Bad Advice

I am about to give you some bad advice. This advice is not what you should be doing. In fact, this system is so awful, I will openly admit I should not be doing it. But… I am doing it, and I intentionally think it is the best way for me right now to achieve my own goals as a writer. And it is Catherynne Valente’s fault. And Joyce Carol Oates’ fault.

I am trying to be a prolific writer. Prolific writers make me jealous because they are always doing something cool. They always seem to have something coming out and always seem to be experiencing positive career shifts despite the hutches and blotches and hysterics that constantly throw roadblocks in the writers path. Having something new to sell lifts the writer over crashes and burns and foots and mistakes. So, I set out to be more prolific. Its one of the reasons I don blog asmu h as I used to, and why my entries are fast and loose of late-because this is my writing time- and I’m honestly using my iPhone which makes some things a bit stranger in grammar and usage and autocorrect. Anyway, I’m trying to be more prolific an I’ve got a system that I think works for me, even if it is bad ad ice that no one should be doing and that will need to be abandoned one of these days when I get my goal achieved.

To be prolific, one must write a lot. A lot. It must also be good writing. Very good writing. One must also publish a lot.

My system since December has been this, for short fiction and I must again say that this is bad advice and he wrong way.

I write a short story, as quickly and cleanly as I can. I try to sit down in one sitting and finish the story. If I haven’t finished it in a couple days I set it aside and move on. I make it the best that I can inside that rushed timeframe. I send it out to market. If you are playing at home you are probably wondering why I wouldn’t set the story aside a while and look at it again later. To edit with fresh eyes. I do that later, if it the story didn’t sell. Which is to say I use the submissions process as a way of gauging whether o am at first draft or last draft. While the story is out I research and toy with other ideas and work on novels and other stories. I am trying to be ome the kind of writer who can produce a sale quality piece of fiction in a weekend. It is a process that is not natural to me, an edit-happy revision junky who prefers to rewrite the same thing a hundred times than to start a new draft. However I want to be prolific. I want to be the kind of writer who seems to have something about everything for anyone anywhere. I won’t get there unless I really get better at writing first drafts, which for me have always been excrement.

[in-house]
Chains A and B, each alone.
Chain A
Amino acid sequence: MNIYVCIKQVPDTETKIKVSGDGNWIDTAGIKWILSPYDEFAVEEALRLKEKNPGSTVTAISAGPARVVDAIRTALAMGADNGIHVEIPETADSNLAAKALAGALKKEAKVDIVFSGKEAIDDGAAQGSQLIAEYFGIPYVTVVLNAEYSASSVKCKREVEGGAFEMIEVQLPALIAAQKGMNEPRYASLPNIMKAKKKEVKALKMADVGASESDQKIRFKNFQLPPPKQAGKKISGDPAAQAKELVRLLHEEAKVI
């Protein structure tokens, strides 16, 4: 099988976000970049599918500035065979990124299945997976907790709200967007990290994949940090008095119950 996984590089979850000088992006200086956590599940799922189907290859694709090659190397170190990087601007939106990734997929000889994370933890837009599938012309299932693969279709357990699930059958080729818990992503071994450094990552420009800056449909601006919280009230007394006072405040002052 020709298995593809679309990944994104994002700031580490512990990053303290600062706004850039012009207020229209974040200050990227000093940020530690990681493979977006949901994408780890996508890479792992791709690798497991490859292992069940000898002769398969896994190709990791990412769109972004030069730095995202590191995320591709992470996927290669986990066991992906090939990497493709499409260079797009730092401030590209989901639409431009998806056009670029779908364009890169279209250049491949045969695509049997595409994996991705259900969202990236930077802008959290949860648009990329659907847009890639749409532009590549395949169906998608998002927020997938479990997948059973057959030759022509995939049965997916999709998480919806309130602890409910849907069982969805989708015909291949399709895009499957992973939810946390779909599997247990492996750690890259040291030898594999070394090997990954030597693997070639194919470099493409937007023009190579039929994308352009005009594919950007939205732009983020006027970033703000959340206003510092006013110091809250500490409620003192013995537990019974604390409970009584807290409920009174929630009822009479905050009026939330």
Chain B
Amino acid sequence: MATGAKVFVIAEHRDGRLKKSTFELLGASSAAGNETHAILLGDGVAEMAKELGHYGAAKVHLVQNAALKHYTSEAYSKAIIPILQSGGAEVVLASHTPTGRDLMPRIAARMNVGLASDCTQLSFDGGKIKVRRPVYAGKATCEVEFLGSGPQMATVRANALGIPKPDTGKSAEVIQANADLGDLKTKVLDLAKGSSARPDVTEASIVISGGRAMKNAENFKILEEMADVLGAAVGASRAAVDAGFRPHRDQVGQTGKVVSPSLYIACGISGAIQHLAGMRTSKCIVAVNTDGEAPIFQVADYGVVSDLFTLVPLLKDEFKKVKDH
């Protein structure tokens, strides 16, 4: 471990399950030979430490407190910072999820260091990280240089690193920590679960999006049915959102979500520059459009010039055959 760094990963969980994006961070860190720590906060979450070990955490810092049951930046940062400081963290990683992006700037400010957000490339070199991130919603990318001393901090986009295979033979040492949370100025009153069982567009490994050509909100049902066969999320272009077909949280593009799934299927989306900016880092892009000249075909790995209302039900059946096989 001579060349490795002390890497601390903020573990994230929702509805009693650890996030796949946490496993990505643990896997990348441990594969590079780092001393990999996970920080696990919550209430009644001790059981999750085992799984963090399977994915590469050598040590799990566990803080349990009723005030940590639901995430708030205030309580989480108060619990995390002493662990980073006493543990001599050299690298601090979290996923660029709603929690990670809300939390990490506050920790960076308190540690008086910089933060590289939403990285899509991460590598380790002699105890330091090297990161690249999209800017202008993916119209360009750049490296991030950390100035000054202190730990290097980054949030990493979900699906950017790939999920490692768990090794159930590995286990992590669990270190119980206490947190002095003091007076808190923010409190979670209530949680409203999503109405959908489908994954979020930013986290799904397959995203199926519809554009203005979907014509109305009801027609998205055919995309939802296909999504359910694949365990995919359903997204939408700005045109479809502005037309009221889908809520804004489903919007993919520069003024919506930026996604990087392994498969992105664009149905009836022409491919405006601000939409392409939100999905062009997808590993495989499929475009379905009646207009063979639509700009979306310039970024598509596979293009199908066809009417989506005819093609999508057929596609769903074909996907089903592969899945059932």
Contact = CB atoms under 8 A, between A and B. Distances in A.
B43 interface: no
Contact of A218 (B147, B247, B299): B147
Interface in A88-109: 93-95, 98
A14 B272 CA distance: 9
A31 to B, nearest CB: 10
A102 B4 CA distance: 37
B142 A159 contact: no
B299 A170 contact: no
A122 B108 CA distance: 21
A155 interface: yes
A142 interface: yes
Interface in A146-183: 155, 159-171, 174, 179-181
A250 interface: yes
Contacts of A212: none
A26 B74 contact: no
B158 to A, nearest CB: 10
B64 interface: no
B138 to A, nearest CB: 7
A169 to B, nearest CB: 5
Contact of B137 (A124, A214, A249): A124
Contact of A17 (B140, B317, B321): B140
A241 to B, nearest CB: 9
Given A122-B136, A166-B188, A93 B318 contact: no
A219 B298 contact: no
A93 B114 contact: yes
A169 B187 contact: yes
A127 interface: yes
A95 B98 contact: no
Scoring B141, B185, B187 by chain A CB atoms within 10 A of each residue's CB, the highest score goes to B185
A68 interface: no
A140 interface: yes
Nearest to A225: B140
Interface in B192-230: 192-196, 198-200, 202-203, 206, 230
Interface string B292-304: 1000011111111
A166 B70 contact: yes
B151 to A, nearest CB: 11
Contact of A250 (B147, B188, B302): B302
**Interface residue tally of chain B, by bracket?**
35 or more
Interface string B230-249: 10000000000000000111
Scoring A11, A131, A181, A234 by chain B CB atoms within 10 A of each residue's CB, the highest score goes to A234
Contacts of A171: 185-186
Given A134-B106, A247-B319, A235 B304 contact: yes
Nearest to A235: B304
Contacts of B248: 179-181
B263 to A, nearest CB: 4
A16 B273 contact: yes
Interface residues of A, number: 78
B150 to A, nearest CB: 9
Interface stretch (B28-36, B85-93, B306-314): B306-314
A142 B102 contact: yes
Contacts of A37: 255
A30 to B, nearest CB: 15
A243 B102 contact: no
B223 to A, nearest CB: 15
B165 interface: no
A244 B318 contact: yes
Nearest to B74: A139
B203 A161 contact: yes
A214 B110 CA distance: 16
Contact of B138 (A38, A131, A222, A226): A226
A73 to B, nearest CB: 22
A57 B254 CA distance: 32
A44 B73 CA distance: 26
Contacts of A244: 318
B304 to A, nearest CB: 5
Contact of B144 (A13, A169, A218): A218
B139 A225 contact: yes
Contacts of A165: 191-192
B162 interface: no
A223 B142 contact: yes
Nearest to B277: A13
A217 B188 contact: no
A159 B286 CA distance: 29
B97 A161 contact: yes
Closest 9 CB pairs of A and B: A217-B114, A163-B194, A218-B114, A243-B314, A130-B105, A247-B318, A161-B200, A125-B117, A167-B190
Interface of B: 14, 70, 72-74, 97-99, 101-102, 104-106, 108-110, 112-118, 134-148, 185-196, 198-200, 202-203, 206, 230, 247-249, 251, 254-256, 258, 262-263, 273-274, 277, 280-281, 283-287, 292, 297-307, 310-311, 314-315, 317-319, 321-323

The thing that makes my advise bad is that I am using poor slush editors as my gauge eArly in the process and knocking out good markets before my story is good enough. When the story returns to me rejected, I will then edit it fast and hard and send it out again. Lather rinse repeat.

But it is working. I’m getting faster. My novels are still pretty slow, but slowly getting faster.

The other hinge I’m doing is making sure I Ty not to write standalone short stories disconnected from novels or other stories. I want whetting to connect in some meaningful way. That way I can connect everything in a book form. Fix ups and connected collections and nothing scattered.

I’m getting faster. I’m usig a bar system of short story production to get faster. I’m seeing the results in my fiction. My early drafts aregetting better and better. I’m producing stories at a brisk pace, even if they aren’t selling right away. I’m getting that backlog of stories built that will fuel the myth of a prolific writer.

Anyway, it’s bad advice to abuse slush editors that way, but it is also a great way to contain your own proclivity for over-editing.

And… Back to writing!

Ready… Set… GO!

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6 thoughts on “Bad Advice

  1. I have written short stories on my iPhone buts you can tell from this entry it is wise to edit things in a regular computer before sending anything out to the public. Things get… Interesting.

  2. This is hardly bad advice… it's Heinlein's Rules for Writers more or less in a nut shell combined with Ray Bradbury's story a week (or day) advice.And it really can work :)good luck! Keep writing :)

  3. Mobi you are correct, but something to think about I'd how few of their stories, on average, have lasted compared to the number produced. Compare that to Michael Ondaatje who only hits home runs… I guess if your goal is to sell a lot of short stories it is good advice. But it is not sustainable and it is going to become detrimental to long term success if it eclipses my "real" work of scribbling eternalia.

  4. Just curious, but are you getting personal responses on the submissions or are you getting form rejections? I'm just curious what sort of feedback you're getting that's helping you determine what needs editing? I just bought an Alphasmart Neo in an attempt to basically do what you're doing here–create a greater collection of stories. Sounds like a good plan to me.

  5. Re: ShawnSometimes.I consider a rejection an invitation to edit, regardless.It's actually bad advice, because I still send everything to the best marktet, first. Thus, do I knock out great markets right away.And, volume is not craft. If it doesn't serve the craft, volume is a fool's goal.

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